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Kyushu

March 8 - 20, 2018

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Land Package Includes:

  • Ground transportation as indicated by itinerary
  • Admission as indicated by itinerary
  • Daily Breakfast, Two Lunches, and Nine Dinners
  • Hotel Accommodations
  • Tour Escort
March 8 (Thu) Day One
Honolulu to Mainland Japan

A late morning flight will take us from Honolulu to Mainland Japan.

March 9 (Fri) Day Two
Mainland Japan to Fukuoka

We arrive in mainland Japan, where we will undergo immigrations and customs formalities before we catch our next flight to Fukuoka.  After we arrive in Fukuoka, we will head directly to our hotel. 

March 10 (Sat) Day Three
Fukuoka to Beppu

Jigoku Meguri

Our tour begins as we journey to the eastern part of the island.  When we arrive in Beppu we will see Jigoku-meguri or the Circuit of Hells.  They are a series of ponds with naturally boiling water and mud in various colors.  It ranges from the azure blue Umi Jigoku to the red Kamado Jigoku. The day comes to a close with a visit to the Beppu City Traditional Bamboo Crafts Center that highlights how the many varieties of bamboo are cultivated along with the amazing uses that have been found for this versatile plant.  There is also an exhibit on some of the work of bamboo master, Shono Shounsai, who was designated a living national treasure in 1967. 

March 11 (Sun)
Day Four
Usuki Excursion

Usuki Buddha

Today we head to Usuki to see a set of stone statues of Buddha.  Fifty nine images were restored from the Heian and Kamakura eras and were designated national treasures.  Stone imagery is rare and to find them in the quantity and quality found here is exceptional.  For lunch we will have Seki Aji, which is a delicacy of the area.  From there we head to Mt. Takasaki and their wild monkeys, famous for taking advantage of the local hot water springs.  A special enclosure has been built where you can see the monkeys being fed.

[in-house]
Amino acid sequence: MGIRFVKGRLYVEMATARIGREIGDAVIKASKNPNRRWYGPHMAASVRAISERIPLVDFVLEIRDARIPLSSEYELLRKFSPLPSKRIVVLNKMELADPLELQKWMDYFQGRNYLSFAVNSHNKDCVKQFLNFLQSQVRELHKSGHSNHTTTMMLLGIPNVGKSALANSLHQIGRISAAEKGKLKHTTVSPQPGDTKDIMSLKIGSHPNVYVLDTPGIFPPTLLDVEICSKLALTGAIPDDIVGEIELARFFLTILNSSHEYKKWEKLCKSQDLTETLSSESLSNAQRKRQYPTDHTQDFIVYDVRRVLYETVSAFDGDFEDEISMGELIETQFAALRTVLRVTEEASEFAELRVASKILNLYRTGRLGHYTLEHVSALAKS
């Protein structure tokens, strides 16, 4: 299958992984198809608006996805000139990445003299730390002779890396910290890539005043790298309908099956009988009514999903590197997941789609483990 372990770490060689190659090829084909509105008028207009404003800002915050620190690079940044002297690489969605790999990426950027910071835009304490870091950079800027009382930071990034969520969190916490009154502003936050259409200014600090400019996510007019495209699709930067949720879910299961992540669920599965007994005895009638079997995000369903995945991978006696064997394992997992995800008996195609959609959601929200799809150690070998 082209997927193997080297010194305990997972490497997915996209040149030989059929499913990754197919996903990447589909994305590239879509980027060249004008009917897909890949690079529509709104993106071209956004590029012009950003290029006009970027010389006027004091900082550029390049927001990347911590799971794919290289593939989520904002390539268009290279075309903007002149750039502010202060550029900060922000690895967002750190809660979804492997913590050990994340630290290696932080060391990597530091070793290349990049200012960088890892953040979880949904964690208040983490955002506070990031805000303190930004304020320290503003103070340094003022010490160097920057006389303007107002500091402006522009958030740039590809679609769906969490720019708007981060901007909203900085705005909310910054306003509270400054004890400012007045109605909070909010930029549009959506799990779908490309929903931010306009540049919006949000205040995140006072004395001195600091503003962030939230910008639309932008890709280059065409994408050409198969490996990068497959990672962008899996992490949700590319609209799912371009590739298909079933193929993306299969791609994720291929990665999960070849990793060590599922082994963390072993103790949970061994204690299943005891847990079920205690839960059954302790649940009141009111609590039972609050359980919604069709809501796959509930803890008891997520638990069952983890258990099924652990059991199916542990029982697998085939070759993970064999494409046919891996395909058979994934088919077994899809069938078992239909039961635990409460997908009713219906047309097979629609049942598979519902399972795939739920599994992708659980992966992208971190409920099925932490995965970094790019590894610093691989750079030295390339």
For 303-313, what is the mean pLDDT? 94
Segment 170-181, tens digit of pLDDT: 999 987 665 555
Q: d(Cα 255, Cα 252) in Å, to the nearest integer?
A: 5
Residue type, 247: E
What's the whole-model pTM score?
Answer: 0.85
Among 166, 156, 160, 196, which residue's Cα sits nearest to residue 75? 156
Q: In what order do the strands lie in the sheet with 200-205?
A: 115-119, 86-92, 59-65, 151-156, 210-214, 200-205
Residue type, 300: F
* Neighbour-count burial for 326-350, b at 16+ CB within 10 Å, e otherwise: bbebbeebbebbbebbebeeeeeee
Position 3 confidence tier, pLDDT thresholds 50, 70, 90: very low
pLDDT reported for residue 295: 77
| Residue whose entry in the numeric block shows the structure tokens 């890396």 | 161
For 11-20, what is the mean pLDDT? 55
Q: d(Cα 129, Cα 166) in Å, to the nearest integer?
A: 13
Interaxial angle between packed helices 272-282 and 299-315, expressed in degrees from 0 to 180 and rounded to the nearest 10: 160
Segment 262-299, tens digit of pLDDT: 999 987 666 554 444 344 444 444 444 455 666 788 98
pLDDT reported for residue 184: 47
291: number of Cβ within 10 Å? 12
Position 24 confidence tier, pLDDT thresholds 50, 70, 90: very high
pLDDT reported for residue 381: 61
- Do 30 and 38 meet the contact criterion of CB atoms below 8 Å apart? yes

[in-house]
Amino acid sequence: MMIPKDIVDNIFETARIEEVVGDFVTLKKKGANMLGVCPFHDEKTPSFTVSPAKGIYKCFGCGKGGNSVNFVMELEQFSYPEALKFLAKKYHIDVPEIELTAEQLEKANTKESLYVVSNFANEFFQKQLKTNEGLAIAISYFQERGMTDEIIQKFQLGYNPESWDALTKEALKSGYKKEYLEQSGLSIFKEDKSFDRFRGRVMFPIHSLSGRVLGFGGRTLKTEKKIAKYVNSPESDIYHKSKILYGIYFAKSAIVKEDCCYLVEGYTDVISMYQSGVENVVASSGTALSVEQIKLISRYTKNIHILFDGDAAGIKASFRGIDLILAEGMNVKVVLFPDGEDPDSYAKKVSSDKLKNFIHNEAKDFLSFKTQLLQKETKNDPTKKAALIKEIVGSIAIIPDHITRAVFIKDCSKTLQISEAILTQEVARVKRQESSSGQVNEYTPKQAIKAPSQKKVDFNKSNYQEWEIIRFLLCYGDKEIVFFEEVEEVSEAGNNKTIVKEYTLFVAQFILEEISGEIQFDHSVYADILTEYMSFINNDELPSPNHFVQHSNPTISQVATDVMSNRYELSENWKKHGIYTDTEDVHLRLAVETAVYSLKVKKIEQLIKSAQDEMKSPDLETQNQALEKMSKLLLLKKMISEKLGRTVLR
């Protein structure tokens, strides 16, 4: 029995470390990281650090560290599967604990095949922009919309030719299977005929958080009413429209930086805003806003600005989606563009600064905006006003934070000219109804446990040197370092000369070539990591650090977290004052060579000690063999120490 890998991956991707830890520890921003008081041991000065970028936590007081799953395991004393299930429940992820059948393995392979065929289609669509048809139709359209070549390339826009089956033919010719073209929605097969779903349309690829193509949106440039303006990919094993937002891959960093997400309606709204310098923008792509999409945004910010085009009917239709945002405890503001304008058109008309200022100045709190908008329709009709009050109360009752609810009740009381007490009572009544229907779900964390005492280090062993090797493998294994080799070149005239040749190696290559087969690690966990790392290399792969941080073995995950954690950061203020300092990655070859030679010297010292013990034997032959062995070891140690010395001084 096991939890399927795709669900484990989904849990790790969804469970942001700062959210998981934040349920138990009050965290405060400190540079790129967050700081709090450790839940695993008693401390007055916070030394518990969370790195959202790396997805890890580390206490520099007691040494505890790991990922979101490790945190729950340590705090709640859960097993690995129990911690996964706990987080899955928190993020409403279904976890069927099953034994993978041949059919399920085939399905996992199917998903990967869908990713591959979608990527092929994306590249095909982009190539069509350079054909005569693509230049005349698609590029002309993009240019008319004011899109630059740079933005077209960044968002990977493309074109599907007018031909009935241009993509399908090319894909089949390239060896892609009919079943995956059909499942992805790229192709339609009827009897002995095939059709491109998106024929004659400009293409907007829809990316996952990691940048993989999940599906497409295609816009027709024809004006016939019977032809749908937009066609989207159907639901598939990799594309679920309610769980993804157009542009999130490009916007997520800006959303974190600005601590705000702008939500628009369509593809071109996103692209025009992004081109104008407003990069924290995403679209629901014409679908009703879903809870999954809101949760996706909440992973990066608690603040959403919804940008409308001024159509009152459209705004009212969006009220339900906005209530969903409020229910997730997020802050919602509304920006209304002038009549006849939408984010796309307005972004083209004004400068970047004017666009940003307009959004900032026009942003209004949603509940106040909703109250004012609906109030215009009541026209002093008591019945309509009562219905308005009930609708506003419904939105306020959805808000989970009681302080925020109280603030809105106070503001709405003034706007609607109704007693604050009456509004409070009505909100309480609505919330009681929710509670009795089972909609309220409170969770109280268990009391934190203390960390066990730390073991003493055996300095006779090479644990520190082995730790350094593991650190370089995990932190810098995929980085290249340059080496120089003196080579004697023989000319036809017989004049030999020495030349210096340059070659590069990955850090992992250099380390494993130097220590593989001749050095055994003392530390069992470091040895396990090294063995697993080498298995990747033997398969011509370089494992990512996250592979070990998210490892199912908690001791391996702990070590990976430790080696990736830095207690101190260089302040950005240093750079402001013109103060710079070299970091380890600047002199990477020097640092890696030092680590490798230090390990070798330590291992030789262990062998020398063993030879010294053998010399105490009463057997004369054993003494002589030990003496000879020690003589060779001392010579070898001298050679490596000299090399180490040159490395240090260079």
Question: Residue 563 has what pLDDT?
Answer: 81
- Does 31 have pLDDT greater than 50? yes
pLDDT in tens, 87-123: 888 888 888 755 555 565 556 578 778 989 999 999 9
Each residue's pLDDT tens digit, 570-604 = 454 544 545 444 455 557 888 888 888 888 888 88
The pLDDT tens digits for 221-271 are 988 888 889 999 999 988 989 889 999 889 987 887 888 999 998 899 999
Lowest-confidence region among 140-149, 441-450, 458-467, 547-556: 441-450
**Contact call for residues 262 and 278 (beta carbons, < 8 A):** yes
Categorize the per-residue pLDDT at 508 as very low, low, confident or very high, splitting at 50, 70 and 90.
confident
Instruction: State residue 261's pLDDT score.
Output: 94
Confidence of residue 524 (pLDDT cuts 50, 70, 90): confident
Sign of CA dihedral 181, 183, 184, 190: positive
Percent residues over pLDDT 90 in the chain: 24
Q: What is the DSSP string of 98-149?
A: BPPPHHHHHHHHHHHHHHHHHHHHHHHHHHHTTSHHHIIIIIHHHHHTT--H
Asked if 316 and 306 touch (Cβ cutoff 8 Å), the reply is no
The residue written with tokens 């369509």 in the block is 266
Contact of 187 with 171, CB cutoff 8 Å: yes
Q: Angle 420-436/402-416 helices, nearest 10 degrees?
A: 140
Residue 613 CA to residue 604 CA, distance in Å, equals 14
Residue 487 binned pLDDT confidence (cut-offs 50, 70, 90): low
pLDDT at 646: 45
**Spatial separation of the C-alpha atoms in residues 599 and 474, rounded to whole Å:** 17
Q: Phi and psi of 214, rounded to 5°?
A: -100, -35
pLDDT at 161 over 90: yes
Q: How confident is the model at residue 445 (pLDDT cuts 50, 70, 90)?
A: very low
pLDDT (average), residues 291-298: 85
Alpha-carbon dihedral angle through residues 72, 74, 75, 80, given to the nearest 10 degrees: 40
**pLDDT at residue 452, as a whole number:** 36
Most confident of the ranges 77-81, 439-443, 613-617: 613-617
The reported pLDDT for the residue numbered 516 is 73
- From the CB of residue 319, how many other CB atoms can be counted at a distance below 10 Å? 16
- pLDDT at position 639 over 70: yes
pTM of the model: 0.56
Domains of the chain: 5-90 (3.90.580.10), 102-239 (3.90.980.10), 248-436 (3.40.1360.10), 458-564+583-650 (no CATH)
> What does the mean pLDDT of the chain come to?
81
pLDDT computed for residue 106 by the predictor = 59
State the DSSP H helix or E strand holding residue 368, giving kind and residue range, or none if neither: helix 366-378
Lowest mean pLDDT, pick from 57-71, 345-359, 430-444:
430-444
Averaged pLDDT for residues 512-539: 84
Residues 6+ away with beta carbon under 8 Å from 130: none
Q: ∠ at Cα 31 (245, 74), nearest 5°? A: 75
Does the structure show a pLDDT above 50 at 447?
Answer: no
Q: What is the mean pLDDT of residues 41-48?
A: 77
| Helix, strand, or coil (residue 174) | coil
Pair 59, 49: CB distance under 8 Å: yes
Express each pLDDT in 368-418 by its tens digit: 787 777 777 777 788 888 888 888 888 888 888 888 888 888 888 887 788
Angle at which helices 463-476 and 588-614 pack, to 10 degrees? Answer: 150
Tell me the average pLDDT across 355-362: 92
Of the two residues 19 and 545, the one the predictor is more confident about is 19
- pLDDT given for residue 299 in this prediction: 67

March 12 (Mon) Day Five
Beppu to Takachiho

We leave relaxing Beppu for Takachiho.  To get there, we will drive along the scenic Yamanami Highway.  Our first stop will be Amanoiwato Jinja.  Kyushu is considered to be the birthplace of Japan and Miyazaki specifically is known as the birth place and home of the gods.  As such there are many tales surrounding Amaterasu in the area.  This shrine guards a cave where the goddess hid plunging the world into darkness until she could be coaxed out.

From there we will explore Takachiho Gorge, an area that has cliffs that are nearly 300 feet tall and the Gokase River running through it.  After we have stretched our legs, we will go to the hotel to check-in.  In the evening we will go to a local shrine to see Takachiho Yokagura Dances.  This style of dance is traditionally held after the harvests to celebrate a bountiful crop.

March 13 (Tue)
Day Six
Takachiho to Kagoshima

We head for Ibusuki and along the way we will ride the Mt. Aso Ropeway to the summit of Mt. Aso, weather permitting.  Mount Aso is the largest active volcano in Japan.  For lunch, we will eat Takamori Dengaku, a local dish featuring local fish and vegetables cooked on skewers and seasoned with miso that has been aged a minimum of three years.

Takamori Dengaku 

March 14 (Wed)
Day Seven
Ibusuki and Chiran Excursion

Ibusuki sand baths are the major attraction for Ibusuki.  The sand bath treatment’s highlight is a relaxing sunbath in warm sand on the beach, which you will have a chance to experience today.  Ibusuki has over 800 hot spring water sources, giving it a near tropical humidity.  In addition to the natural attractions, Ibusuki is also noted for its black ceramics.  We will also visit the Peace Museum for Kamikaze Pilots, a memorial to the 1026 pilots who flew from Chiran during World War II on their one way missions.  Then we will take in a few well preserved samurai homes and gardens.  These homes reflect the original owners’ tastes and sensibilities.  For our last stop we will visit a local shochu factory.  Shochu is Kyushu’s signature drink, being a distilled alcoholic beverage instead of being brewed like sake.